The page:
There is much evidence that external state factors influence ecosystem properties, including nitrogen fixation. But, I will here ask whether such a state-factor view may fail to offer the “whole story” of symbiotic nitrogen fixation, and how this process varies across biomes, time, and as a function of increasing atmospheric CO2. I will first review a few fundamental patterns of how nitrogen fixing plants and fixation vary across the land biosphere, and examine how these patterns compare against the traditional state-factor view. I will then use a new adaptive dynamics model that focuses on a very different class of ecosystem dynamics: the local-scale competitive interactions between plants, and the feedbacks that emerge from these interactions at the ecosystem scale.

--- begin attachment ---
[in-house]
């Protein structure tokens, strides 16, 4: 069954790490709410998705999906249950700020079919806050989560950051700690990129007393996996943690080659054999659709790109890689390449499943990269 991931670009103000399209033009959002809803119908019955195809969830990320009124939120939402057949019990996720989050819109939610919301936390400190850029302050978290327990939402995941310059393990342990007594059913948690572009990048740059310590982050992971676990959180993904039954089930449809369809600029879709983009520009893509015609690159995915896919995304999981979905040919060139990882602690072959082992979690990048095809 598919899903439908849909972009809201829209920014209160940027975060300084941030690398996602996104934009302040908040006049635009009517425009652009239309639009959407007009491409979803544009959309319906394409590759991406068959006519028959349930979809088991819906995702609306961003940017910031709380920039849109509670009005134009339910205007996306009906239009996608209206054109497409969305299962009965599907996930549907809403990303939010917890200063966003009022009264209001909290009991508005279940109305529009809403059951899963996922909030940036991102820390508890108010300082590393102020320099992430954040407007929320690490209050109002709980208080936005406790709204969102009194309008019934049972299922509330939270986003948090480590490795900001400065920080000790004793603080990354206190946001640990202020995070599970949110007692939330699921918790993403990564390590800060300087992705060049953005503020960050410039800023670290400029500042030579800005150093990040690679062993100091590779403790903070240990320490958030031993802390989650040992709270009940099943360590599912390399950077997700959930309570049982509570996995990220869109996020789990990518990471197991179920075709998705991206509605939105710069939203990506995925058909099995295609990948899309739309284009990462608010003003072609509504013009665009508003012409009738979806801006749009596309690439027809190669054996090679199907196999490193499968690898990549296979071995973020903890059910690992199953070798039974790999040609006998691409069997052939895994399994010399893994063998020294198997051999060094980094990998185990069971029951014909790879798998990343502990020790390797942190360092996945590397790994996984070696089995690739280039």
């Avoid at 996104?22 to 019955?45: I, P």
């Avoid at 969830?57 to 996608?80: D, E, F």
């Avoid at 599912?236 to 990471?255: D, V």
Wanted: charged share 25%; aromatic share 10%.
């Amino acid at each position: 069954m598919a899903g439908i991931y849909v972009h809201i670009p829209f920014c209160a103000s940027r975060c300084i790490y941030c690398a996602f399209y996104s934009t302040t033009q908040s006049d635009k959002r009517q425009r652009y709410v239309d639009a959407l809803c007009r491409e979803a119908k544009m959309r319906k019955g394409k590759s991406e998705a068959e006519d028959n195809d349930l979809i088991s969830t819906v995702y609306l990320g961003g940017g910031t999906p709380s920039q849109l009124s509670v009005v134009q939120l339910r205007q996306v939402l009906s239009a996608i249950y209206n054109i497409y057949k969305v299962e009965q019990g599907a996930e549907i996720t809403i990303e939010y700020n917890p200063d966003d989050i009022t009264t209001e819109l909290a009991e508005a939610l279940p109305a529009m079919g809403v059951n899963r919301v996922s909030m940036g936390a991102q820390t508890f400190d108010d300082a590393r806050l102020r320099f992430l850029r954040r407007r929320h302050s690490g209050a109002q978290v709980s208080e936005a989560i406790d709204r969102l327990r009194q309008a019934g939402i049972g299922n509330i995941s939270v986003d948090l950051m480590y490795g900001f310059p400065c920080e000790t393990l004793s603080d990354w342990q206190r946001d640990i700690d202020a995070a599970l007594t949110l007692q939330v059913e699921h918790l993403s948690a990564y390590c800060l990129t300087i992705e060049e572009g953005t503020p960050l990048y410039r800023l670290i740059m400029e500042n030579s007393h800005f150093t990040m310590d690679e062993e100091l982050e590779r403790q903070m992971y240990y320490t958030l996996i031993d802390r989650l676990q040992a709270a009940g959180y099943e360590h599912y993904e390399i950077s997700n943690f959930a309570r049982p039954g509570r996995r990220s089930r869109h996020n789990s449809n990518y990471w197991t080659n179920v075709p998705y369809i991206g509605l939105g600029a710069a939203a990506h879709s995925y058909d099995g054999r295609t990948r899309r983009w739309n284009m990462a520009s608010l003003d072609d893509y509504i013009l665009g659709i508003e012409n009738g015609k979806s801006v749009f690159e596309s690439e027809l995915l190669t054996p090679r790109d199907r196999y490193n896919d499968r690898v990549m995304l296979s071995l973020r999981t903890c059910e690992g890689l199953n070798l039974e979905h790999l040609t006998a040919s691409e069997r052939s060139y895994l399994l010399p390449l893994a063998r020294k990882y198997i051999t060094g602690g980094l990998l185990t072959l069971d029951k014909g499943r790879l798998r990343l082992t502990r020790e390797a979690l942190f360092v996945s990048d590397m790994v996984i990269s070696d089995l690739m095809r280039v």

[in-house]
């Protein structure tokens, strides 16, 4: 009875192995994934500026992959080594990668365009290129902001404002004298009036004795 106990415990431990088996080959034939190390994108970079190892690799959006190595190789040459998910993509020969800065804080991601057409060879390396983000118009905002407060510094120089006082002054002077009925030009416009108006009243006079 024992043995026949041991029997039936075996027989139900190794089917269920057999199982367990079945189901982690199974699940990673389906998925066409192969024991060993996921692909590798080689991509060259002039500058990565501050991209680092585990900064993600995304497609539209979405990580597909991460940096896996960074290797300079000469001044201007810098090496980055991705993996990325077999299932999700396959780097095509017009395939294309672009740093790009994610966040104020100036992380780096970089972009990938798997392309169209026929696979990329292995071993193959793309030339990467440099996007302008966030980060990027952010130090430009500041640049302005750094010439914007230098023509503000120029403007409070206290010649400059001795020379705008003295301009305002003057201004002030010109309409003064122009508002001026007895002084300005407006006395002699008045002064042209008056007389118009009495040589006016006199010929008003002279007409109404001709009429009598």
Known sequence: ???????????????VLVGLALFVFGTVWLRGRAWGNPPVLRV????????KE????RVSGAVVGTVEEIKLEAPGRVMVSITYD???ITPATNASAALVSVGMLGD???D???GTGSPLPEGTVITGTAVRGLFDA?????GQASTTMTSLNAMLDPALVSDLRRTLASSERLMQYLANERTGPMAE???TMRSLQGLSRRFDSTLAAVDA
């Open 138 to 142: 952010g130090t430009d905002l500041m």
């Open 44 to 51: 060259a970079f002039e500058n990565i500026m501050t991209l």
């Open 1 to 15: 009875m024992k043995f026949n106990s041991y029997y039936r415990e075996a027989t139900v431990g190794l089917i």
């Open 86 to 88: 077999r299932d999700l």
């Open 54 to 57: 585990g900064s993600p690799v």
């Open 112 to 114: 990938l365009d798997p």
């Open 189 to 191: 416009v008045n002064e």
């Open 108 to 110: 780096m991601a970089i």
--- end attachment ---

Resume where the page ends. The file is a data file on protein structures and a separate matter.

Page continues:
I will offer evidence that local biotic interactions may be essential for understanding the distribution, the functional properties, and the emergent consequences of symbiotic nitrogen fixers within ecosystems. I will show that a world without these local interactions would both look and function very differently than today’s world. Finally, I will speculate about the interaction between atmospheric CO2 levels and the emergent ecosystem dynamics imposed by nitrogen fixation, with particular emphasis on the biome-specific distribution of nutrient cycles and net primary production.